So I am disappointed in where solar is going. I know the installers need to make money on the installations, so that's why the grid-tie is being pushed, but this is not being made available the way it should be. You can't even take a federal tax deduction unless it's professionally installed, and professional installers won't even give you the time of day if it's under $20,000 in California. :-(
     
  3. Aug 31, 2013
    ~gd

    ~gd Lovin' The Homestead

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  4. Sep 1, 2013
    Daffodils At The Sea

    Daffodils At The Sea Power Conserver

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    Well, there is a huge difference between *buying* solar panels and *investing* in bonds. They don't have anything to do with each other.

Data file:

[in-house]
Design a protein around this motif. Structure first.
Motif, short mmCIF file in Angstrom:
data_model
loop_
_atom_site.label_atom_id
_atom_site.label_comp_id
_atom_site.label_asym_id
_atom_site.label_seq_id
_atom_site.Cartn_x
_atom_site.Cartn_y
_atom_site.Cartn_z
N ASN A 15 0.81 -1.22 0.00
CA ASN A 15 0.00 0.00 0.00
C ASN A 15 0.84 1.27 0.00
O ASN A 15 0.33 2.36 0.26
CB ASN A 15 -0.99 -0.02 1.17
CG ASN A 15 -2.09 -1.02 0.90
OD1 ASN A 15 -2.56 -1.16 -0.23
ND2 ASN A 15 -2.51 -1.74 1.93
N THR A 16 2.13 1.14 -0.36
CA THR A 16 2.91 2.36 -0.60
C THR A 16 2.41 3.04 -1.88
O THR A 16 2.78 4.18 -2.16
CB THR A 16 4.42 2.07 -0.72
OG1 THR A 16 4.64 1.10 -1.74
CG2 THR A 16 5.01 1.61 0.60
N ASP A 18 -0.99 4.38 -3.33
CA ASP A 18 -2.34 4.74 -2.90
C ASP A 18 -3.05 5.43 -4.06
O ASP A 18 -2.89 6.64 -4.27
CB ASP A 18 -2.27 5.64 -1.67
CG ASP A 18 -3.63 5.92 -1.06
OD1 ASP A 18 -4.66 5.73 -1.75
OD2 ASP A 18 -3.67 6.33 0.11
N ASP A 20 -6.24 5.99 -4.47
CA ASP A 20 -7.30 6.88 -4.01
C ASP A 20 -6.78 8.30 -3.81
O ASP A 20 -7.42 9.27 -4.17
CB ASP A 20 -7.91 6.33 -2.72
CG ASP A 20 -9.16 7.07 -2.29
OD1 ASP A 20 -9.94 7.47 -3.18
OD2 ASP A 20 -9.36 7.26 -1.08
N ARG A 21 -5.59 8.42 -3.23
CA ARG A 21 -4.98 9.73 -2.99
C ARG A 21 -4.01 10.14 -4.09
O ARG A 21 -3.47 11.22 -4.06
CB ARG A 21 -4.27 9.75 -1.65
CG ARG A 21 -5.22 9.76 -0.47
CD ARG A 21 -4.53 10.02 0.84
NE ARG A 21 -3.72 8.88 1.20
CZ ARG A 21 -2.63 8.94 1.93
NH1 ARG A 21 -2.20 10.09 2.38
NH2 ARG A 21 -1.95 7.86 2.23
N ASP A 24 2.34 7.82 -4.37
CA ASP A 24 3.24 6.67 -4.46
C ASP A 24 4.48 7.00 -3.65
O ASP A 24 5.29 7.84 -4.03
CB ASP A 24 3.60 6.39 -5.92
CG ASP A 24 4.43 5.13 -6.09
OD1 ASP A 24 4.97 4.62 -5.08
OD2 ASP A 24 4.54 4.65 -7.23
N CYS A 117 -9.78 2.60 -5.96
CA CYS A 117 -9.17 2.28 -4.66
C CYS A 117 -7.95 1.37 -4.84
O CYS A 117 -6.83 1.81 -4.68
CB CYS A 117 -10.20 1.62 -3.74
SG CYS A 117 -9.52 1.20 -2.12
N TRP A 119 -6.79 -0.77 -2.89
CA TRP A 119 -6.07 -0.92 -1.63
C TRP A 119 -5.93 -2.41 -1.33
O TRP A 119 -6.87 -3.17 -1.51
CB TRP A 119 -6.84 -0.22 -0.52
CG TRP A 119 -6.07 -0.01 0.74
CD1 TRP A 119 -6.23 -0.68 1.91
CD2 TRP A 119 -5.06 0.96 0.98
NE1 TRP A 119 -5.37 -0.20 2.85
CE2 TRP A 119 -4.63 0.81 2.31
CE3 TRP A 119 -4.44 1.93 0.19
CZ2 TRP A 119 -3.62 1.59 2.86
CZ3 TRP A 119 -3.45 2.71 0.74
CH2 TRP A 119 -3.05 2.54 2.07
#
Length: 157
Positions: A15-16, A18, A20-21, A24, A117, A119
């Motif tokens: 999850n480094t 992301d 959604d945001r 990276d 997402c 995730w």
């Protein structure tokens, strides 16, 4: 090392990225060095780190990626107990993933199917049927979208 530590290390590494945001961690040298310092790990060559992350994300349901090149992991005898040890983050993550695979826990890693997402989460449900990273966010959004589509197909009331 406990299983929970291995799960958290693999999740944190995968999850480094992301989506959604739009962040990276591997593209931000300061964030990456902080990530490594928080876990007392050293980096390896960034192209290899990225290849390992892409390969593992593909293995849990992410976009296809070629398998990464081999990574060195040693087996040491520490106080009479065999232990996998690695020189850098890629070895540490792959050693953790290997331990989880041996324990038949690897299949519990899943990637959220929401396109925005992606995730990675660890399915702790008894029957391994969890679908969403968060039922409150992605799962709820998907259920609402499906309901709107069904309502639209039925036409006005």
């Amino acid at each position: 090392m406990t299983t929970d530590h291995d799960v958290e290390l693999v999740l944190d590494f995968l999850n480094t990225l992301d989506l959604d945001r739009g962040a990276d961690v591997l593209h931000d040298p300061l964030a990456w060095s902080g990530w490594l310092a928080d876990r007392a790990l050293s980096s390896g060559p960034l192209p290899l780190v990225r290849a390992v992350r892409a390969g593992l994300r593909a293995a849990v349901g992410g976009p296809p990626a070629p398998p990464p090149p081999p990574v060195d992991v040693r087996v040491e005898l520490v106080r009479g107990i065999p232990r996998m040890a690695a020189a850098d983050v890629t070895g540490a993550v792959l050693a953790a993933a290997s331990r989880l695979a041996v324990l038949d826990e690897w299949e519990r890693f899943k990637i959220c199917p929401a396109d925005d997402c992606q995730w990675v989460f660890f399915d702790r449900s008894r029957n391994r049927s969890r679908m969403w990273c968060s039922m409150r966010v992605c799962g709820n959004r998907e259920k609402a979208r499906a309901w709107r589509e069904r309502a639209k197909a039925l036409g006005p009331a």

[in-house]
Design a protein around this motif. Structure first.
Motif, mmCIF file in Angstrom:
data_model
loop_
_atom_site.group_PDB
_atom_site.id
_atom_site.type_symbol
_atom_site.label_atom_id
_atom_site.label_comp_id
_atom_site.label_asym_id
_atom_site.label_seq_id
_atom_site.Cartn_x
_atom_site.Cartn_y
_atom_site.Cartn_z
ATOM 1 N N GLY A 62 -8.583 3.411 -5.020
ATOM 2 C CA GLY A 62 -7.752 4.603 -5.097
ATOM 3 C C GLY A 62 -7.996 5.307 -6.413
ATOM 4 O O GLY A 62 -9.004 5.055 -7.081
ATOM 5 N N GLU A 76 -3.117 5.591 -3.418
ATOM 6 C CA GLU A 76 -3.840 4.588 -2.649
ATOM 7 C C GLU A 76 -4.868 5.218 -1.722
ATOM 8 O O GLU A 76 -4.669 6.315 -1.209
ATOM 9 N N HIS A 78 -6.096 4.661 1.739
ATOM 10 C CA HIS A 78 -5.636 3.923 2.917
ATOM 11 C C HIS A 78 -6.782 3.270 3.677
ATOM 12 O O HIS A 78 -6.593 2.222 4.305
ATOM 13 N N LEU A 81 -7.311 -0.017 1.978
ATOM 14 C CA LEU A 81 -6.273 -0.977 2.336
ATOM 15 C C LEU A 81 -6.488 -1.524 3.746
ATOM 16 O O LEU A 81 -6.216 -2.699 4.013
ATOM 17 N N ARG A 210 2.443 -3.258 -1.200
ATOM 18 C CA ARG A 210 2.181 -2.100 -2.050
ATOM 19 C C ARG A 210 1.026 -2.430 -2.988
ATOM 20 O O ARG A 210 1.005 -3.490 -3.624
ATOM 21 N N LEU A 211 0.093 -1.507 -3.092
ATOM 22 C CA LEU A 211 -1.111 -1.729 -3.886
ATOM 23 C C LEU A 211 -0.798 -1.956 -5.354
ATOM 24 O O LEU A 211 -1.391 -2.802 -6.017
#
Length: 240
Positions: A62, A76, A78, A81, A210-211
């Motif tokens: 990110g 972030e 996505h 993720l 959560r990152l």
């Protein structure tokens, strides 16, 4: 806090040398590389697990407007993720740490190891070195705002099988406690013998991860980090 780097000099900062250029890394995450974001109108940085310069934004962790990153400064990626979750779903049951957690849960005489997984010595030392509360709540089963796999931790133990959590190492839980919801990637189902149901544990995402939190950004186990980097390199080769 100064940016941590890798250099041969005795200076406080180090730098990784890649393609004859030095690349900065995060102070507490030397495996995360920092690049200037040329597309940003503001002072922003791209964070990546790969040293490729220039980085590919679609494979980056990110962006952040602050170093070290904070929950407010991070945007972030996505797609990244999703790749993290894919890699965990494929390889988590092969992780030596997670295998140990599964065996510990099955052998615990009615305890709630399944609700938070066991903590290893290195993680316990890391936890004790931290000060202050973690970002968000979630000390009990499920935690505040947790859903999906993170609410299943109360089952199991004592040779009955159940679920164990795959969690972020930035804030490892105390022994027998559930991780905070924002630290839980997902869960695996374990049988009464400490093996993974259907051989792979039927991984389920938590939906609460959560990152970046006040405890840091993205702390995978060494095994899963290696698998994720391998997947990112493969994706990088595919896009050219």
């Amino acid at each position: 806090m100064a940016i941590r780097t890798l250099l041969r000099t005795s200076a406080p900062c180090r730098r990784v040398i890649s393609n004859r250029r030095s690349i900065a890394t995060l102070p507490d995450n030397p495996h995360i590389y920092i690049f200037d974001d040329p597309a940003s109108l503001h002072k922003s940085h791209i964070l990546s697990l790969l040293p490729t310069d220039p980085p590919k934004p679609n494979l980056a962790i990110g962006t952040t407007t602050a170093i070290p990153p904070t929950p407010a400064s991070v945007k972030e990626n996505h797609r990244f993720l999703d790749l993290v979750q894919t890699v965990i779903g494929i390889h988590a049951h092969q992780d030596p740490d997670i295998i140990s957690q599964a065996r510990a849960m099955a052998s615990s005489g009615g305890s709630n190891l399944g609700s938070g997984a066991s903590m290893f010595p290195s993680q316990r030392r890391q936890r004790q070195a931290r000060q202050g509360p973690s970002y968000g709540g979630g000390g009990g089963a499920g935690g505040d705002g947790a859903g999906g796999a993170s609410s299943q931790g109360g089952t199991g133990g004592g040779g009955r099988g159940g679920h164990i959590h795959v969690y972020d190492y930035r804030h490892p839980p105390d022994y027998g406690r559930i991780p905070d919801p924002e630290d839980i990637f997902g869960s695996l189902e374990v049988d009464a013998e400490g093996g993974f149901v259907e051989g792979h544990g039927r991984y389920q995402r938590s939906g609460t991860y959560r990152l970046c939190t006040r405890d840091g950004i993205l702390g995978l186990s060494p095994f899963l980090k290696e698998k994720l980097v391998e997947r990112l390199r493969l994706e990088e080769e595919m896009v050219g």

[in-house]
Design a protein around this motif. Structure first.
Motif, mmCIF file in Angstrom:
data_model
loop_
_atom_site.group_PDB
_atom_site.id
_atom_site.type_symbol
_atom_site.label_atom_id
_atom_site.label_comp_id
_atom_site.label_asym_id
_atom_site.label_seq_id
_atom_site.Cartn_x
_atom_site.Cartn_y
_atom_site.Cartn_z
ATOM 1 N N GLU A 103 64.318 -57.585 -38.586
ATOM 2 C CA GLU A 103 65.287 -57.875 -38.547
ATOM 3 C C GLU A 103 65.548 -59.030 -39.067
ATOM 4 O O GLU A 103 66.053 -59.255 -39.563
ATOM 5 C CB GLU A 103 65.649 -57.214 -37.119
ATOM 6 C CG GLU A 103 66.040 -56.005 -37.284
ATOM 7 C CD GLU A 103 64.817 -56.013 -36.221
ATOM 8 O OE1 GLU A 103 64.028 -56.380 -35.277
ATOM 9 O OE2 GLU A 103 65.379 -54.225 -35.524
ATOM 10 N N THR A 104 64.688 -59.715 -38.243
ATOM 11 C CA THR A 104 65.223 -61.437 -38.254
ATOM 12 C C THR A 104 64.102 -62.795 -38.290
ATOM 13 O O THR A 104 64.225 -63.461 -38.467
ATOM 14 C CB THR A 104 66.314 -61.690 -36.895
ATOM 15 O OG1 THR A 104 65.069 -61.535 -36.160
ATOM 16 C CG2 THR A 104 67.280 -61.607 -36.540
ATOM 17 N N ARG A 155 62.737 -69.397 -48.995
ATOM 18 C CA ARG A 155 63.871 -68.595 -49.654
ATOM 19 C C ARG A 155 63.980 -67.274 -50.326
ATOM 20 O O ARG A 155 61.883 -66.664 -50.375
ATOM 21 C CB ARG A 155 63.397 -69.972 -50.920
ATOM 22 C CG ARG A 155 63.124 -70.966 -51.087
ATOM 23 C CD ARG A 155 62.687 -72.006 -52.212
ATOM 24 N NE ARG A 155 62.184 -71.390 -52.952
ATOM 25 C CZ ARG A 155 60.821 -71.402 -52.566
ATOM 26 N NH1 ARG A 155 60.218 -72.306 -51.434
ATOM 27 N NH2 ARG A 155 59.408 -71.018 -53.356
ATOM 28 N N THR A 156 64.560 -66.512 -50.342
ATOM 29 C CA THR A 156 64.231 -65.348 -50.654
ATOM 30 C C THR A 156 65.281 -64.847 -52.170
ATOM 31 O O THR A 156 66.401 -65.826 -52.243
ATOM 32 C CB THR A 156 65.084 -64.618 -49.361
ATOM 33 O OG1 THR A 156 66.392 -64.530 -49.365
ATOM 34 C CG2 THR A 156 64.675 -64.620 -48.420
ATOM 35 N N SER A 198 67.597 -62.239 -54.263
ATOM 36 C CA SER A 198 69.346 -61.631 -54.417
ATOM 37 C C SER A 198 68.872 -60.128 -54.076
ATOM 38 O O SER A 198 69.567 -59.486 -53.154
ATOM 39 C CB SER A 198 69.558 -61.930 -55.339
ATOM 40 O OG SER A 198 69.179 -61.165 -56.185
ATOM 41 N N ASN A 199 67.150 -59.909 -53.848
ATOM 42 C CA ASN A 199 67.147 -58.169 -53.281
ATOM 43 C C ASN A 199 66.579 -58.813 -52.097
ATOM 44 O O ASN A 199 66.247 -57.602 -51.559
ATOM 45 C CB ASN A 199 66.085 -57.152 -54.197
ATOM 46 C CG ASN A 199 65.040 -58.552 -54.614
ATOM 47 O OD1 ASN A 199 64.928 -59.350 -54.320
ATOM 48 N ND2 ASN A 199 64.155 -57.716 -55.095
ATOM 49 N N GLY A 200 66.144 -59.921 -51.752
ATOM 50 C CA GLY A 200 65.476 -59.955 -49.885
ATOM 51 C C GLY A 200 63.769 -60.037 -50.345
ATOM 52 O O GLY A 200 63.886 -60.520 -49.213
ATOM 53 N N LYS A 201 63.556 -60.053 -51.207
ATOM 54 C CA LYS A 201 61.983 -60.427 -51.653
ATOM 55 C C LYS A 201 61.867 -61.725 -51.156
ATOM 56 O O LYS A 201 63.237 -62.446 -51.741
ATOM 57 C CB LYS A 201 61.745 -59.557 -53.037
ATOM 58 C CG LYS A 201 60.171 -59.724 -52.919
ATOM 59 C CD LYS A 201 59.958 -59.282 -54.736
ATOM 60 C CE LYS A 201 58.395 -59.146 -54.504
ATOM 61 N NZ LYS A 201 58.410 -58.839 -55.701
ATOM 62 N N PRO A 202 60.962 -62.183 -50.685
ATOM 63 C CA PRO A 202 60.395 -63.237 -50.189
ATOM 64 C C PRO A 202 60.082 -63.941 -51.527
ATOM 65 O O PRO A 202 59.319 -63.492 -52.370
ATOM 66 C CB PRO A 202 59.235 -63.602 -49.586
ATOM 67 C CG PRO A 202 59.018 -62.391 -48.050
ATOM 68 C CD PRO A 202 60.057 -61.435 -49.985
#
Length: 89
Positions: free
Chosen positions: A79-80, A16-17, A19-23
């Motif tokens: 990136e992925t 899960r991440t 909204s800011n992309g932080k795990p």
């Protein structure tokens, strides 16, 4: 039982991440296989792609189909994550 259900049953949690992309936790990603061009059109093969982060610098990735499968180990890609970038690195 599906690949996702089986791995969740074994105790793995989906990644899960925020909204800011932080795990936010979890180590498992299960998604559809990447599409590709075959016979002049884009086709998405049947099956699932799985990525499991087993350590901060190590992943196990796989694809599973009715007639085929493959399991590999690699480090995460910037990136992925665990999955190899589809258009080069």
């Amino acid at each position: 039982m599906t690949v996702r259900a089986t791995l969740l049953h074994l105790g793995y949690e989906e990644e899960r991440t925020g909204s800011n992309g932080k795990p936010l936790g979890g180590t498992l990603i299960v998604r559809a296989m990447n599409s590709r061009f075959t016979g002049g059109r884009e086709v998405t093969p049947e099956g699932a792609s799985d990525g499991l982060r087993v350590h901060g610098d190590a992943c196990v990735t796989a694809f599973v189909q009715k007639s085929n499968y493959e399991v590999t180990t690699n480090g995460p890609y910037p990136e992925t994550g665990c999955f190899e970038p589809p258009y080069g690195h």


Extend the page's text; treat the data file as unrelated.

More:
Once you've spent your $20,000 on solar panels, it's gone. You bought stuff, you've got the stuff, not the money. Now, your panels may or may not provide you some money by earning back some pennies every day to the power company over a 20-year period, and you may or may not *break even* on your $20,000 expenditure,. That's called "paying for itself". It's not investing. Solar panels being in the sun for 20 years are pretty close to needing to be replaced, so to say they will go on for another 20 years and make you money is probably pie in the sky, so all they did was break even. No investor with a conscience would ever tell you to buy bonds so you will have your principal untouched 20 years later.

    If you take $20,000 and buy bonds, for a while you will still have your $20,000. And if interest rates go down, you will make more money right away, even if you aren't allowed to cash it in for 20 years. The money is accruing even though you can't touch it. But if interest rates go up, you will lose some of your principal, hopefully not all, and with any luck interest rates will go down and you might make some money on your bonds. That's very different from buying stuff, and trying just to get back to your original purchase price. :)